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Brown continues, “It isn’t until we begin settling some of those outstanding emotional balances through recovery work and therapy that we are able to find general peace. Also, we know that the first six months or so of recovery that things get worse in some ways before they get better.”

That was true for me. I had untreated complex PTSD, depression, anxiety, and eating disorders. All of a sudden it was as if someone had lifted the lid on all of the issues I’d been repressing, and I was faced with overwhelming emotions, an inability to regulate my nervous system, and an unhealthy relationship to just about everything (food, relationships, work). I recall feeling completely lost, and somewhat removed from my body.

I was told I was overly sensitive and was assured that things would get better, and that I just needed to “do the work.” It took a few months just to come to terms with life without alcohol, never mind the other complex issues I was facing. It certainly felt like things were getting worse. And I had no idea what this early recovery “pink cloud” was that people kept talking about.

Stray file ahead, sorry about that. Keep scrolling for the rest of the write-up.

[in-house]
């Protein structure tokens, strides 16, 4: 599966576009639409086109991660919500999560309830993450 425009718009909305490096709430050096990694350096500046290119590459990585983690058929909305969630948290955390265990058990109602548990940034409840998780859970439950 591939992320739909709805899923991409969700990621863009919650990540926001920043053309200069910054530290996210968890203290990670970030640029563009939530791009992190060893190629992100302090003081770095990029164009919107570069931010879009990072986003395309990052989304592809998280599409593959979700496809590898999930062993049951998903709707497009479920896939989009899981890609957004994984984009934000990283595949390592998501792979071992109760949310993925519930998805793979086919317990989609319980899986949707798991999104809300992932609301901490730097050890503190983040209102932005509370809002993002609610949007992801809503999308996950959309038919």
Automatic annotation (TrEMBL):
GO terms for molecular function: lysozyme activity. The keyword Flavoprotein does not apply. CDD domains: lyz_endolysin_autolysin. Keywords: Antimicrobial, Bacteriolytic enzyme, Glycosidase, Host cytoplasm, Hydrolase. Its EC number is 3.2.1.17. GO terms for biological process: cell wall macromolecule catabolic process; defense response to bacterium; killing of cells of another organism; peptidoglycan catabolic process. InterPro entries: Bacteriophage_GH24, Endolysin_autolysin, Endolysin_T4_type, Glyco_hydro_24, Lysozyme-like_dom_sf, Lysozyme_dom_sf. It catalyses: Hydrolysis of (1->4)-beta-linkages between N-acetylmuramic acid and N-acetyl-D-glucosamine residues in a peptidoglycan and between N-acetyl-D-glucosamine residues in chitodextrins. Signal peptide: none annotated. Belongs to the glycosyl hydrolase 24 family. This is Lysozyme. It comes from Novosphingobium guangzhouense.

Brown says, “It takes about six months to really ‘survey the wreckage’ and begin rebuilding. And by its very nature, even the rebuilding is stressful. This is one reason hope is so essential early on.”

Hope was crucial for me. I had to see that there were things I could do to improve my sleep. Without it, I couldn’t function. My body was screaming for me to eat high-carbohydrate food and I was never sated. My depression came back with a vengeance, and my sleep changed from disrupted to full-on comatose. There were clearly other issues involved and I had to dig a little deeper to understand what was going on and make some changes to improve the quality of my sleep.

Brown explains, “It can take up to 18 months before neurological functions resemble pre-substance use disorder balances.” What’s more, it been shown that these imbalances and the quality of our sleep can affect our chances of returning to drug or alcohol use.